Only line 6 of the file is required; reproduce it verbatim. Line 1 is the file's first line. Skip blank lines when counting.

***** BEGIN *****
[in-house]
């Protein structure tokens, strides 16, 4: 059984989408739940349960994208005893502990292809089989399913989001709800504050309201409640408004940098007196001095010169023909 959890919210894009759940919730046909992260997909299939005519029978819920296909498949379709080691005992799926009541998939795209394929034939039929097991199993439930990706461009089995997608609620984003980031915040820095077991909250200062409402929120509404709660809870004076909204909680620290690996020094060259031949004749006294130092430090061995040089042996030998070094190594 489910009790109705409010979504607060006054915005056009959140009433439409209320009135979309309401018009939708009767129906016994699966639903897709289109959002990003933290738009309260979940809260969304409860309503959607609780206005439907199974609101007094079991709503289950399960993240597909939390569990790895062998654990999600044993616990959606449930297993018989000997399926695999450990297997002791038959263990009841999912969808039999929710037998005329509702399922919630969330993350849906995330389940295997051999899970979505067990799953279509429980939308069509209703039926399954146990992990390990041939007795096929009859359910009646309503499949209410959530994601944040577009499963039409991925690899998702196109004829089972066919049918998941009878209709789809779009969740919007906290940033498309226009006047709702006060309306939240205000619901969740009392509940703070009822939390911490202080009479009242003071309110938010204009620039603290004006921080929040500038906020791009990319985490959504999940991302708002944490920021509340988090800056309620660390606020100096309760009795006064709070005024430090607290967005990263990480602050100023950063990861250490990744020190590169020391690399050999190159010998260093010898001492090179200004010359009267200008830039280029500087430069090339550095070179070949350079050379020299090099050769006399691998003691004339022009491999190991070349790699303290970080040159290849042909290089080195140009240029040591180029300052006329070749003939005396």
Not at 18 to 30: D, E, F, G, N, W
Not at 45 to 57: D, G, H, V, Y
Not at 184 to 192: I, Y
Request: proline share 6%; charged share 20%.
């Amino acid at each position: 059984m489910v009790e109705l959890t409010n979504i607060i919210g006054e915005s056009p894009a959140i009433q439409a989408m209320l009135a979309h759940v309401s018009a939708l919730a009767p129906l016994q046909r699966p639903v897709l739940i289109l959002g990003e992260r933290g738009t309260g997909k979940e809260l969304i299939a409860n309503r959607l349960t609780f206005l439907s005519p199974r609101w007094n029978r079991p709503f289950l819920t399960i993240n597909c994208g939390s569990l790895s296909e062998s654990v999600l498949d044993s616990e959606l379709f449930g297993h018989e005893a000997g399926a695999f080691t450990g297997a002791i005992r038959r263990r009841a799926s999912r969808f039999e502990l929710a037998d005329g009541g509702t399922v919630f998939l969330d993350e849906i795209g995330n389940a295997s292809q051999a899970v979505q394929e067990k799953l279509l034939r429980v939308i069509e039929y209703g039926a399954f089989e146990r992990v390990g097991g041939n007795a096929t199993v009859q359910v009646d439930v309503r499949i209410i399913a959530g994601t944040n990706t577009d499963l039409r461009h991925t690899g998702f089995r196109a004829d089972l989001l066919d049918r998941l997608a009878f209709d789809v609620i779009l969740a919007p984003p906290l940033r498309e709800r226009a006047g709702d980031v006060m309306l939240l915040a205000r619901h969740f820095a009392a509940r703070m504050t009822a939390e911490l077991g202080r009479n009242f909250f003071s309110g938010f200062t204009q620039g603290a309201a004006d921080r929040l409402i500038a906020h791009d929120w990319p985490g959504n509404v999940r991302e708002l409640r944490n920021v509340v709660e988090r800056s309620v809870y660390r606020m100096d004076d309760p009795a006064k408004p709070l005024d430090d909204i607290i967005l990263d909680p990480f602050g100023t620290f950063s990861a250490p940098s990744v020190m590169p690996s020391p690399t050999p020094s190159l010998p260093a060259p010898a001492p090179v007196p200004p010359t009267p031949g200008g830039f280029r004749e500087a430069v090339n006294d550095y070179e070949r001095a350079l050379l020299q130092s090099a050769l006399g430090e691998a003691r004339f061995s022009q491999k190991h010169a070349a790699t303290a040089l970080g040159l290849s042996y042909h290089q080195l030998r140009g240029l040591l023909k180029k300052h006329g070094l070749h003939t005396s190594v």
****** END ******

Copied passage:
Request: proline share 6%; charged share 20%.